I started using last year and my district purchased the Pro version which allows me to monitor their reading and lexiles. It is an excellent source of timely and interesting articles and the reading level can be set by the teacher. One student confided that she reads even if there is no assignment.

AoW and Newsela and I am a happy camper (until I have to read them)!


Mary Clark September 30, 2014 at 7:23 pm #

Dave, this is so ridiculously great that I am going to share it with teachers and hover over them until they read it. Seriously, what you’ve built on Kelly Gallagher’s foundation is amazing. Like Patti Harris’s school, we now have Newsela Pro. I’d love to see teachers use your approach, then gradually allow students to choose articles of interest from Newsela and create a portfolio of their own AoW and responses.

I’m emailing the teachers now, but I will be tracking them down one by one and hovering tomorrow. Thanks to you, and to Kelly Gallagher, for the great work!



davestuartjr September 30, 2014 at 9:45 pm #

Mary, you got me laughing out loud with that image of you literally sharing it with them and then hovering until they read it. Oh my goodness, it is good to know you Mary Clark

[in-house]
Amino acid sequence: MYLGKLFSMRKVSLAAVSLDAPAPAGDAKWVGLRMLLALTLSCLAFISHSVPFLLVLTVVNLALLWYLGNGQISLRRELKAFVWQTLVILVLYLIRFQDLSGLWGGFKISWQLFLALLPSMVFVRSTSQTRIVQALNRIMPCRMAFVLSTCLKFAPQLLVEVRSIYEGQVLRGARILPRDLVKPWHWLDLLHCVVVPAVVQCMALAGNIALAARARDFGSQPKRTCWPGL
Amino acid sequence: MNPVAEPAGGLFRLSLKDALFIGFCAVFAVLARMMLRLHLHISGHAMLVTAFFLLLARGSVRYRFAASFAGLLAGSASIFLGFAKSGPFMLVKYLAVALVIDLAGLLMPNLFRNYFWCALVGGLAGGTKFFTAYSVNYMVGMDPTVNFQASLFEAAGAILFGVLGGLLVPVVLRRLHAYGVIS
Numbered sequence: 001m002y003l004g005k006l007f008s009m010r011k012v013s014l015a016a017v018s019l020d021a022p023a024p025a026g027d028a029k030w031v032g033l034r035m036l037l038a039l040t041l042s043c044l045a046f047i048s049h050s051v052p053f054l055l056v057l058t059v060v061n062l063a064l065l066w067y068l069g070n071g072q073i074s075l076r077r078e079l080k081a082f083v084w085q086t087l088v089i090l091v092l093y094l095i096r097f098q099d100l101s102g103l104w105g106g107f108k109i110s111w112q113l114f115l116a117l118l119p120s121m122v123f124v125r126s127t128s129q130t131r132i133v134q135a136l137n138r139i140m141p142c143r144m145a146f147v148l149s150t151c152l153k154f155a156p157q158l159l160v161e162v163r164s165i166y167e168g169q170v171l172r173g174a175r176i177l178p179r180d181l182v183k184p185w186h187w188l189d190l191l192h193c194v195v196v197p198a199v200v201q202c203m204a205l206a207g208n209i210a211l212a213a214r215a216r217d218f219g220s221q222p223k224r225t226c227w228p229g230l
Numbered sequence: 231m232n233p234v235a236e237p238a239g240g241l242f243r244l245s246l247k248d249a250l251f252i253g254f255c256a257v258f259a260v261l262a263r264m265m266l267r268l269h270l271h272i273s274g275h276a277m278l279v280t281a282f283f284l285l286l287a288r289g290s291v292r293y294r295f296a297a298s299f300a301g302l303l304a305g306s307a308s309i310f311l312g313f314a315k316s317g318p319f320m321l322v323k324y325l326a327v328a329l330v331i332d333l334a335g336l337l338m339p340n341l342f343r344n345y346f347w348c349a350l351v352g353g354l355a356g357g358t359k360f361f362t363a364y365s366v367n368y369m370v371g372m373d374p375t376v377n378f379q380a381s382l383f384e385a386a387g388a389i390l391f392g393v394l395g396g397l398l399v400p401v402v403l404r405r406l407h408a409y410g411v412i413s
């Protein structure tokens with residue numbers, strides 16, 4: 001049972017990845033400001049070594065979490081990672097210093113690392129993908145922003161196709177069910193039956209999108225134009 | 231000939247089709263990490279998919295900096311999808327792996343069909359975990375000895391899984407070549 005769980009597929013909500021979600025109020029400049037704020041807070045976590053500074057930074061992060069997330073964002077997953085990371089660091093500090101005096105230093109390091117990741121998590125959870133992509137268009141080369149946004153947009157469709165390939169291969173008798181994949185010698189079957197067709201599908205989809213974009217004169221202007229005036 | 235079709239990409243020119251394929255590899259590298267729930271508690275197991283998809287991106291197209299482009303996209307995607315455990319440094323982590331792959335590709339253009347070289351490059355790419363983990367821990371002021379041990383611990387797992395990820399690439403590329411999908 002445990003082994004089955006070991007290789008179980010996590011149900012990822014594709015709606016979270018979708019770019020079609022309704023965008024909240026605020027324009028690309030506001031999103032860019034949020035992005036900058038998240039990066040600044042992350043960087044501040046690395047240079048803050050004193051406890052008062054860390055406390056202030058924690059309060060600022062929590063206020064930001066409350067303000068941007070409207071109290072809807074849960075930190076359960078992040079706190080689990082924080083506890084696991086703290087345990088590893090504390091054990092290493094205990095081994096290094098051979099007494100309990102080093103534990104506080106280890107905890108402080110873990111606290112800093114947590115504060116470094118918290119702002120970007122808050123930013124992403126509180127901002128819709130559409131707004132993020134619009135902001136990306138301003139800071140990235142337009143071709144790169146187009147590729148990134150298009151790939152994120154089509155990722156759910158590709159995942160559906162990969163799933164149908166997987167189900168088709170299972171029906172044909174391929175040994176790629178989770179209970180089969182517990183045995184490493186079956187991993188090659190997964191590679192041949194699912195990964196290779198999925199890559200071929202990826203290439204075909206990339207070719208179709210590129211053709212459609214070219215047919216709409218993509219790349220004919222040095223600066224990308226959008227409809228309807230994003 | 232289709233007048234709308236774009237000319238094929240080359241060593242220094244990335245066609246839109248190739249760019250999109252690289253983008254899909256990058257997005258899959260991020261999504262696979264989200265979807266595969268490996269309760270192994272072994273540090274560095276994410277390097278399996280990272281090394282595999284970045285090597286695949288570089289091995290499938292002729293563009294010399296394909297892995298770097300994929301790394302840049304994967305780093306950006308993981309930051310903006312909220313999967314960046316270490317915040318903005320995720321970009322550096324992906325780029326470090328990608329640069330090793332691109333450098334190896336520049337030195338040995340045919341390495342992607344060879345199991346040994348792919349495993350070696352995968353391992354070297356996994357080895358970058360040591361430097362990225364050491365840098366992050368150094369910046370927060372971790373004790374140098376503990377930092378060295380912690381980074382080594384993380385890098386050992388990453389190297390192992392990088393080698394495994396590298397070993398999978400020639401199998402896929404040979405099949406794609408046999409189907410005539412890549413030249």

That Newsela portfolio sounds sweet — I’d love to hear more about that as it progresses!


Audrey October 4, 2014 at 11:04 am #

Dave, where should 5th grade teachers start?

These ideas look great but my kiddos need a more basic start.
I think there must be some things for them to start responding analytically.


Lynsay October 19, 2014 at 10:51 am #

Dave and all,

1. Thanks!I kicked off the article of the week structure last week. I’m going simple. Know more about the world. Have informed opinions. Turn stuff in on time. Call me if you need help. Period.

2. Sharing! This is the article we’ll read this week, in case you/anyone wants it.

Summary: Stop worrying about Ebola and start caring for yourself in the most obvious of ways, preventing far more common causes of death.


Becca November 18, 2014 at 1:14 pm #